1963-2018 - 55 years of Research for Social Change

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UNRISD at the World Summit on the Information Society (WSIS)

1 Dec 2003

The United Nations Research Institute for Social Development (UNRISD) is participating in the first phase of the World Summit on the Information Society (WSIS), which is being held from 10-12 December 2003 in the PALEXPO exhibitions centre, adjacent to Geneva International Airport.

Along with other UN institutions and agencies, UNRISD will have a stand at PALEXPO (Halle 4), where it will be presenting a comprehensive range of its publications in the area of development and information and communication technology. You are most welcome to visit the stand and meet with UNRISD staff members who will be present there.

The Institute will hold a press conference on 10 December 2003 from 11:30-12:30 in the press conference's room at PALEXPO to launch its new publication: Communicating in the Information Society. The publication's two editors, Seán Ó Siochrú and Bruce Girard, as well as Michael Powell, who in charge of UNRISD's project on information and communication technology, will be presenting the book to the media.

Accreditation is necessary to enter the site as it is anticipated that there will be very significant security measures on the occasion (for more information please consult: www.itu.int/wsis).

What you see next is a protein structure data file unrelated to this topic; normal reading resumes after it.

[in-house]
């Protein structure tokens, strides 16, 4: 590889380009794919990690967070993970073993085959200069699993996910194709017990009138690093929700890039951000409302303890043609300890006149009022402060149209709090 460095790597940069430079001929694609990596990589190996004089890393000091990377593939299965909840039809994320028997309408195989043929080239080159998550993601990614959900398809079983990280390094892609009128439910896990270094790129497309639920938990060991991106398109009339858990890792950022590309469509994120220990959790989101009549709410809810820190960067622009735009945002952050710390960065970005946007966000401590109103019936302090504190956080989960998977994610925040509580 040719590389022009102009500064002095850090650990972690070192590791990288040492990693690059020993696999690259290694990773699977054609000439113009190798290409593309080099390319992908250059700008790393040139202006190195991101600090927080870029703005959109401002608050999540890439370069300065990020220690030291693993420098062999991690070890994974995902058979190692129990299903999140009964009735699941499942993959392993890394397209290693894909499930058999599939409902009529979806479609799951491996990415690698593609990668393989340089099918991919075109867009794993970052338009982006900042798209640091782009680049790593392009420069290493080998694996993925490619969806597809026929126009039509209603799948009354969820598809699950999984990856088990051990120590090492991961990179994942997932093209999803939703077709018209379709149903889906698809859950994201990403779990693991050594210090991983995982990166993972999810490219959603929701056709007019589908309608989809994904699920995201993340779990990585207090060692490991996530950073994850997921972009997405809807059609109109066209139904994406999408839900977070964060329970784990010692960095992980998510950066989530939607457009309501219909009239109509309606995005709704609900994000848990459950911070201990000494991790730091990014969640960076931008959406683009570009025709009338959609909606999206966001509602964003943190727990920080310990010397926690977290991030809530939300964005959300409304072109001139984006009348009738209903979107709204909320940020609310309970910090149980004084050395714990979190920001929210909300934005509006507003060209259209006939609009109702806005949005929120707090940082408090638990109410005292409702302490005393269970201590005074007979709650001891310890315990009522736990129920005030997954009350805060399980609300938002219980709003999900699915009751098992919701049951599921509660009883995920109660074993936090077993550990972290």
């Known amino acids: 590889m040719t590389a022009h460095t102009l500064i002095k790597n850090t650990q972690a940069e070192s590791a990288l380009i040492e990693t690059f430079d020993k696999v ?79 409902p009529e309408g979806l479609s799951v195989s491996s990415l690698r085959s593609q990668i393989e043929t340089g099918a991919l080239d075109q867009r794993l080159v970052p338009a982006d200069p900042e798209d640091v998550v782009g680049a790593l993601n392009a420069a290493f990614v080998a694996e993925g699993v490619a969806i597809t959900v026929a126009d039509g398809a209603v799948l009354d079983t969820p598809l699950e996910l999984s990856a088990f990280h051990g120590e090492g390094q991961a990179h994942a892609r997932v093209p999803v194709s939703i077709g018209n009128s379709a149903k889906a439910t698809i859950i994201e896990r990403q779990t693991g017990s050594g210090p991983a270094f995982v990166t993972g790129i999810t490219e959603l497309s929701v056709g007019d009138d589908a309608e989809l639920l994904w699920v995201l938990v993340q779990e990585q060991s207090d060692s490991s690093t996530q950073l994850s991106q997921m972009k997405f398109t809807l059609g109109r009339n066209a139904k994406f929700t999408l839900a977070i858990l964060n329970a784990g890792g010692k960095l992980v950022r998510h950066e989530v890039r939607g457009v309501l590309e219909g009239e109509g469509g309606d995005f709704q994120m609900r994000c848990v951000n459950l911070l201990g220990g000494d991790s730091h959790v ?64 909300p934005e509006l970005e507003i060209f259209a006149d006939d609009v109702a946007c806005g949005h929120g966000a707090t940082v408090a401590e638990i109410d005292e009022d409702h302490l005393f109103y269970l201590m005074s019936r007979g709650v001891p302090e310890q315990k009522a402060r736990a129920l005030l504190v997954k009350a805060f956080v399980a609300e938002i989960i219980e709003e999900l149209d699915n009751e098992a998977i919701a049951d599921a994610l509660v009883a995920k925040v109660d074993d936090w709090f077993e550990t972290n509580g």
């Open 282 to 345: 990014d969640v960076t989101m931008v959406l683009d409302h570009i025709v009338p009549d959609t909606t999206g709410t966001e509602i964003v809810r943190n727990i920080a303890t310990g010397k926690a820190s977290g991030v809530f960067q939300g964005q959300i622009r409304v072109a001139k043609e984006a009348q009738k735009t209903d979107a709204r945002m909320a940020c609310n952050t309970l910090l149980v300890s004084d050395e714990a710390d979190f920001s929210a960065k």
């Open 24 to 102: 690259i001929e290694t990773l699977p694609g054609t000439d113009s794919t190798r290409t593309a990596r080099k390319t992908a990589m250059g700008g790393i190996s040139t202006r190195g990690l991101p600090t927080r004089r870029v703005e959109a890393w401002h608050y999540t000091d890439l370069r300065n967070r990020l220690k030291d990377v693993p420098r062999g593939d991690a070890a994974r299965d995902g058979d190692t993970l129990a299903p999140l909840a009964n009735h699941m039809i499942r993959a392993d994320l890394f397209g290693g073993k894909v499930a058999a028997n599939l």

The World Summit on the Information Society is to be held in two phases. The first phase of WSIS will take place in Geneva, hosted by the Government of Switzerland, from 10-12 December 2003. The second phase will take place in Tunis, hosted by the Government of Tunisia, in 2005.

UNRISD has been working on the links between informational development and social change for six years. Its publications range from global overviews of development and information related change, including network societies, media policies and distance education, to detailed empirical studies of the changes taking place in a single African country, Senegal. Whilst covering many subject areas and involving many authors from various backgrounds and disciplines, this work has seen a remarkable consistency of message:

· that there are no easy technical solutions to deep-seated issues;
· that solutions touted as blueprints should be examined with great rigour;
· that power relations are as connected to the development and deployment of ICT as to any other activity and need to be recognized; and
· that it is worth identifying the barriers because there is the potential – and often evidence – for the creative exchange of information to advance the interests of the less powerful.

UNRISD plans to continue its programme in this area in collaboration with others. It intends to support and disseminate empirical research on the ways men and women use and exchange information in their daily life and how these are changing, and contribute to a greater theorectical clarity of the social implications of such change and the choices they offer both policy makers and citizens.

We look forward to meeting you at WSIS!